The men of the allied merchant navies have seldom been accorded the fame and glory of their colleagues in the "fighting" services, although their losses were greater in proportion to their numbers. In his curtain raiser at the 15th August meeting of the society, committee member Captain Ivor Little mentioned just a few of the countless incidents, not all of them lacking in humour, in which these neglected heroes displayed courage and fortitude not normally demanded of "non-combatants".
From his own experience Captain Little described the survivor of a torpedoed tanker who had swum to safety through blazing oil and afterwards lived with a tube permanently implanted in his throat; a young cadet who had been torpedoed on his first voyage and would afterwards jump at any sudden sound; and a Chief Officer who would never close a toilet door because he had once been trapped by a jammed door when his ship was torpedoed and he had been able to escape only by kicking out the bottom panel.
Taking his theme from a book published in the 1950s and entitled "Touching the Adventures of Merchantmen", Captain Little mentioned, among other incidents, the case of the only two surviving crew member of the tramp steamer Embassage who had clung to an upturned lifeboat for five days before being rescued; the torpedoeing of the Empire Howard, whose survivors were depth-charged while struggling in the water, and may well have been the inspiration for an incident described by Nicholas Monsarrat in "The Cruel Sea"; the steamer Ajax that survived no less than three Malta convoys, and in the course of one of them was delayed in Malta for three months during which she lived through more than 500 air raids and her crew missed their Christmas dinner when a bomb went right through the ship without exploding and carried away the six chickens they were fattening; and the determination of the crew of an oil tanker that had been split in half by a torpedo but who sailed the stern half home using emergency steering gear and a school atlas.
South African seamen played an important part in this saga of the sea, with no less than 84 ex-cadets of the SA training ship General Botha losing their lives as merchant navy officers.
The meeting was addressed by Museum Director Major General Pretorius on his recent trip to Europe, during which he attended the commemoration of the 80th anniversary of the Battle of Delville Wood, l6th-l9th July 1916. There is now only one known survivor of the battle, a 99-year-old former private named Joseph M Samuels, who is at present living with his son in Canada but visited France for the commemoration. It appears he was wounded in the battle, and twice afterwards, before being returned home to South Africa on a ship that was torpedoed on the way.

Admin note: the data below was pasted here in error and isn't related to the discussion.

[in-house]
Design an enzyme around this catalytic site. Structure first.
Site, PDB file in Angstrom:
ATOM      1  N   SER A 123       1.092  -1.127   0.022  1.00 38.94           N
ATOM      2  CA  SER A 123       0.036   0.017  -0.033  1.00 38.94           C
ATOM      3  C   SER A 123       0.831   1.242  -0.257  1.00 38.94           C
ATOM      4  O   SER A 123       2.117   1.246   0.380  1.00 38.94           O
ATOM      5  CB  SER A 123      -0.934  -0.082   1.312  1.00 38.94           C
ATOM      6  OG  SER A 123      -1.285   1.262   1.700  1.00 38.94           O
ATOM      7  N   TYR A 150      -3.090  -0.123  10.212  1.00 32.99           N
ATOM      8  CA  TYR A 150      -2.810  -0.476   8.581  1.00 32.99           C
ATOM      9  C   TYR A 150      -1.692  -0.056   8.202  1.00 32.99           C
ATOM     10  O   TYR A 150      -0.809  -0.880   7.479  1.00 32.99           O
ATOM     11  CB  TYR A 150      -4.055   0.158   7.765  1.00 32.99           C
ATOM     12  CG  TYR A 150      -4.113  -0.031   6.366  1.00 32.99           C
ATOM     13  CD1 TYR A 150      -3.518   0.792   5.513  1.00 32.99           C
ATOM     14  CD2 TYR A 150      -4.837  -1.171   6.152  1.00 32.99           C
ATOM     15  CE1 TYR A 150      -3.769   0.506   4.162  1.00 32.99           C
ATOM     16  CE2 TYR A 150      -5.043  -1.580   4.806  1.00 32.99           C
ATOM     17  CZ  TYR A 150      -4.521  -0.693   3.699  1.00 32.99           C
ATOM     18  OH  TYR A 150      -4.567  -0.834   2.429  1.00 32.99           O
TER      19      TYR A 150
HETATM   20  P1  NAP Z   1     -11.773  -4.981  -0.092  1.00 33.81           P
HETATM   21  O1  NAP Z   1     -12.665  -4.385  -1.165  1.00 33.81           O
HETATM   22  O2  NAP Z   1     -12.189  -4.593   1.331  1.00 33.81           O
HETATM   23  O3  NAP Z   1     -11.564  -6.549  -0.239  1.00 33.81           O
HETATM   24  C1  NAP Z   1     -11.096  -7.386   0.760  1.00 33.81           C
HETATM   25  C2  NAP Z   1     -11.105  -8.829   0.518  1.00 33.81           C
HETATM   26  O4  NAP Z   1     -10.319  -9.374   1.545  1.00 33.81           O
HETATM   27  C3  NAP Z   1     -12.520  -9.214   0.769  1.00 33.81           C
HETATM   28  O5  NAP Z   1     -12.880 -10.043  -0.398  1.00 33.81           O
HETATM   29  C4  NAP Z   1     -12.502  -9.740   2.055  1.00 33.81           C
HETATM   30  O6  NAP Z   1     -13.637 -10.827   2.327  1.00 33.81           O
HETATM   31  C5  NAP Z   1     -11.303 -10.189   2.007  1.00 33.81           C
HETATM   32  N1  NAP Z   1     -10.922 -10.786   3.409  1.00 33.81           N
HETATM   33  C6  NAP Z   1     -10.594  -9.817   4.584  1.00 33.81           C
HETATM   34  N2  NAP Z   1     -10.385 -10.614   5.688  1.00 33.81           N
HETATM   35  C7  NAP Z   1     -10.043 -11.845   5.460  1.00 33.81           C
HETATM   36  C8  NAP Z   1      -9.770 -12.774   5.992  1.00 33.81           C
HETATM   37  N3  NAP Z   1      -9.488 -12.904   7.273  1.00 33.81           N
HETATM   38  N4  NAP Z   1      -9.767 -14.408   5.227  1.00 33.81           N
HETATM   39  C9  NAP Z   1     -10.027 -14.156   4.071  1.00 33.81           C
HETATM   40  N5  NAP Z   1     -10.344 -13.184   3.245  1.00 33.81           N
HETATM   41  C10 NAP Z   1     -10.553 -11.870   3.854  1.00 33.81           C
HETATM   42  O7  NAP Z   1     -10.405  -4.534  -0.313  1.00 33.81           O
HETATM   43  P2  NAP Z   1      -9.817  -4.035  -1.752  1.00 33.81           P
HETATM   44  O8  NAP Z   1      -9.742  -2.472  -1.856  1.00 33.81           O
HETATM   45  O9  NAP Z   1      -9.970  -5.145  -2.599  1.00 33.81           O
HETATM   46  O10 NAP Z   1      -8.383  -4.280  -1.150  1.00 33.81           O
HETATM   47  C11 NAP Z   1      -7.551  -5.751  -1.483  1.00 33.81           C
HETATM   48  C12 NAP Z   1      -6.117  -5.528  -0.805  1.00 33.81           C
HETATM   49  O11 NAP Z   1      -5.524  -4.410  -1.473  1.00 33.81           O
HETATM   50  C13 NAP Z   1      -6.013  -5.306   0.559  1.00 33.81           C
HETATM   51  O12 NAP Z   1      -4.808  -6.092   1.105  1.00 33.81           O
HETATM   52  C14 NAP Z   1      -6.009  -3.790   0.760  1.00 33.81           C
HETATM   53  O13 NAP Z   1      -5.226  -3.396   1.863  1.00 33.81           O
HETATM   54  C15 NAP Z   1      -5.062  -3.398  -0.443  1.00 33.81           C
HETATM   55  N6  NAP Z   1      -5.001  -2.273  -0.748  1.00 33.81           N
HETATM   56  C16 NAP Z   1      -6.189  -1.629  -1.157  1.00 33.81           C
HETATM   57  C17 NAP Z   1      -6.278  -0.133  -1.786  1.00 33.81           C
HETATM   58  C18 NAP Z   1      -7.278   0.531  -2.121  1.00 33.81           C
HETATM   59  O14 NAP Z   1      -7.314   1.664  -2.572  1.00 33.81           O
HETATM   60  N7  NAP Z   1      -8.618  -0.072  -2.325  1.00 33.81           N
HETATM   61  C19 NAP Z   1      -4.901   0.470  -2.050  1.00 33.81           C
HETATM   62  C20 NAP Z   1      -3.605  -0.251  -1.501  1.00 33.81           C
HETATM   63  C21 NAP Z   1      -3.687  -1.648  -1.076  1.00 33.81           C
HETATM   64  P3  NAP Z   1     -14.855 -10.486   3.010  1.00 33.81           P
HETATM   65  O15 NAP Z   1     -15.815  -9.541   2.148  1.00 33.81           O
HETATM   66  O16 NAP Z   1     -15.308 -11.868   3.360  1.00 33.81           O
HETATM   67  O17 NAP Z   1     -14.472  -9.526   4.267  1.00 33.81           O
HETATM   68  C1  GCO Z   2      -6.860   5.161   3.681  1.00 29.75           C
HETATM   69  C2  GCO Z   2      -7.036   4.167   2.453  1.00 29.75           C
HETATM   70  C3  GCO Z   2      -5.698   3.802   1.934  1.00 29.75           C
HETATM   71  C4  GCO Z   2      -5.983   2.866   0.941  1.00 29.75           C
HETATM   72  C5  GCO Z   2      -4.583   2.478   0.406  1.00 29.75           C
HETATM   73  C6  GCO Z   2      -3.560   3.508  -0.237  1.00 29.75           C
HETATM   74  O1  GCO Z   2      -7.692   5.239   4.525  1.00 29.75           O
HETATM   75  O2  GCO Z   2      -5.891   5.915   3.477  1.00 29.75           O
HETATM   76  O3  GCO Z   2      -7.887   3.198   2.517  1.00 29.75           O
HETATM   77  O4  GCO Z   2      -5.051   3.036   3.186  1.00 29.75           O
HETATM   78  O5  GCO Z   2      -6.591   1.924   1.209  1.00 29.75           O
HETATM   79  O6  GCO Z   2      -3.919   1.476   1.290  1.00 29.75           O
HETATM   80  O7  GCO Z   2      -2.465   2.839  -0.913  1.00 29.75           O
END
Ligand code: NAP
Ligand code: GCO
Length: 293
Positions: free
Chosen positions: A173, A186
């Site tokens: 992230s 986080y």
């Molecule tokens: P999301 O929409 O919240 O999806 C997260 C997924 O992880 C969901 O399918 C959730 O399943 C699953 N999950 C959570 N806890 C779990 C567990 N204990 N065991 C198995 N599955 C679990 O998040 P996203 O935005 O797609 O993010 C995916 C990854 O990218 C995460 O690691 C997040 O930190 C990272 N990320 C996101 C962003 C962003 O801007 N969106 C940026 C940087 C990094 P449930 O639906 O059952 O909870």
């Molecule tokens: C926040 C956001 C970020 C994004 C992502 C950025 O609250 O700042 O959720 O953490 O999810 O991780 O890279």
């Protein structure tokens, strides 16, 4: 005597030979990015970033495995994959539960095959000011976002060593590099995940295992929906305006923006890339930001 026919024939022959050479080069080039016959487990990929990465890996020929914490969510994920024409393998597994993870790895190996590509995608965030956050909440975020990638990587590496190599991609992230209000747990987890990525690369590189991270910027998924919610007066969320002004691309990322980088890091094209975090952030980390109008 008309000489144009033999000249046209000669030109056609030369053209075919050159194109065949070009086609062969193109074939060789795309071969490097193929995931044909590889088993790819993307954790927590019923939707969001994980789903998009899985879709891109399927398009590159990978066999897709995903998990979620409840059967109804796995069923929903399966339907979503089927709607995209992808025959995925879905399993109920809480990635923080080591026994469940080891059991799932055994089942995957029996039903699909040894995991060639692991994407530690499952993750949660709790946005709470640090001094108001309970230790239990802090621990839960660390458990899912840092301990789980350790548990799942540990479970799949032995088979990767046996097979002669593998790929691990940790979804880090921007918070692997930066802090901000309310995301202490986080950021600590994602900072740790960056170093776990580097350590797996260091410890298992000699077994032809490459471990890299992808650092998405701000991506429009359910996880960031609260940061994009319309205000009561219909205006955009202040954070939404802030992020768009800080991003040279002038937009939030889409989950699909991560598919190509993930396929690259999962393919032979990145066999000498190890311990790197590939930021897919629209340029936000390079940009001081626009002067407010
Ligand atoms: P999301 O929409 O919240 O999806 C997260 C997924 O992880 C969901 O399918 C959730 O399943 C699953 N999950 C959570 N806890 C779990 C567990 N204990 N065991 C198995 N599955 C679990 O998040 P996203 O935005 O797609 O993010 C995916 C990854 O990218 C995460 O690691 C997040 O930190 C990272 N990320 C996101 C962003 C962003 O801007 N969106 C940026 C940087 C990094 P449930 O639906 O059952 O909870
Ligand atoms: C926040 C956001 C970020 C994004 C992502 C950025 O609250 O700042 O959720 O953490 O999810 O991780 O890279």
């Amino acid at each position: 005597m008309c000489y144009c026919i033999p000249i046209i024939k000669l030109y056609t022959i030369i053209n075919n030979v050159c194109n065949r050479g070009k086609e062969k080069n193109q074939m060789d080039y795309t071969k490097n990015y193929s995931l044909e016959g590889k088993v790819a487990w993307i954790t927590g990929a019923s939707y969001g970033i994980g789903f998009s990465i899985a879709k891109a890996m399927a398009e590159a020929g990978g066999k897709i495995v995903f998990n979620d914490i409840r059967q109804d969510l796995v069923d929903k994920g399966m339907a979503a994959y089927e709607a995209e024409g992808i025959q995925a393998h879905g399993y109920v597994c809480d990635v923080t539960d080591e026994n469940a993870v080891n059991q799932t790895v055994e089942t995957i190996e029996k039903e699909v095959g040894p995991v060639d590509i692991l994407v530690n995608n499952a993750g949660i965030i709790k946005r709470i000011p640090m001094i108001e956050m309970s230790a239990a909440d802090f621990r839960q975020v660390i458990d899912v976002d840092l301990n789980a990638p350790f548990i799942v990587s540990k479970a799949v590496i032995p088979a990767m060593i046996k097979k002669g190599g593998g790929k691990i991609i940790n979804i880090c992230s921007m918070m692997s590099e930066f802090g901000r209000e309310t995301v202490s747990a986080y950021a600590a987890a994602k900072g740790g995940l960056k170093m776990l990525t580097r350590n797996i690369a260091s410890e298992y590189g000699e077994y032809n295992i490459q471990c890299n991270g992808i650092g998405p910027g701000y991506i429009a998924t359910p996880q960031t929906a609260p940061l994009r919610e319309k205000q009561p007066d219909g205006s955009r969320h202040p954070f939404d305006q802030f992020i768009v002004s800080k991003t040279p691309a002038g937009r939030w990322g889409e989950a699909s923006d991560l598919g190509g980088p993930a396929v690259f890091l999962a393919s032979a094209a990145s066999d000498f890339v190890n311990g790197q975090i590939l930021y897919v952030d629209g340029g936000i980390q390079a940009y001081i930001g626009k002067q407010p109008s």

In appreciation of his great age and all he had endured the South African delegation there and then promoted him to sergeant, although he was warned that his new rank would not carry any extra pay. On being told that the next commemoration of Delville Wood would only be in another 10 years' time he expressed a wish to be promoted to colonel on that occasion.
The general also visited Moscow in the course of his tour and spoke highly of the Central Museum of the Great Patriotic War recently opened a few kilometres outsided the city at the limits reached by the German invaders in World War Two.
The main lecture of the evening was given by Professor Ian Copley on the Rietfontein Military Camp and Hospital during the Anglo-Boer War. As is usual with Professor Copley's talks, this one was lavishly illustrated with numerous maps and photographs.
The history of the camp was closely allied to that of the 2nd Lincolnshire Regiment, as discovered in the unpublished sections of their Regimental diary. The site was used as a bivouac by T Battery RHA on the day of the British cavalry's advance into the Hartbeespoort area as part of its movement to encircle Pretoria.
Situated next to the Pretoria-Rustenburg road, it evolved into a fortified communications post, and then into a garrison and depot for convoys to the Western Transvaal. The strategic importance of the site was first appreciated by Colonel Baden Powell of Mafeking fame, who then set about fortifying it. As the key to the Western Transvaal it covered the roads, the bridge over the Crocodile River and the passes of Silkaats Nek and Commando Nek over the Magaliesberg, including the artillery assembled there. Early on it boasted a 100-bed stationary hospital and an adjacent military cemetery for deaths in action or of wounds and disease.
The Lincolnshires' diary led to the discovery of other forts associated with the camp that had not previously been identified. The sites yielded many artefacts as well as photographic evidence of military activity in the area.
Professor Copley explained that an attempt was being made to get the site declared a national monument and to establishing a park on the ridge instead of a proposed housing estate.
The Society will be holding a social gathering on 10th October at 19h00, before the monthly meeting, to celebrate its 30th birthday. An entrance fee of R1O will be charged, which will include some refreshments. Details will be given in the next newsletter.
CR - Louis Wildenboer - General Erwin Rommel
ML - Jenny Copley - The Horse in Warfare
CR - Dimitri Friend - The Role of Women in WW11
ML - Flip Hoorweg - War and Factions in Former Yugoslavia
Bill Brady - The Battle of the Bulge and its Aftermath
Sq/Ldr Patrick Wells - My experiences as a Hurricane pilot in the Battle of Britain
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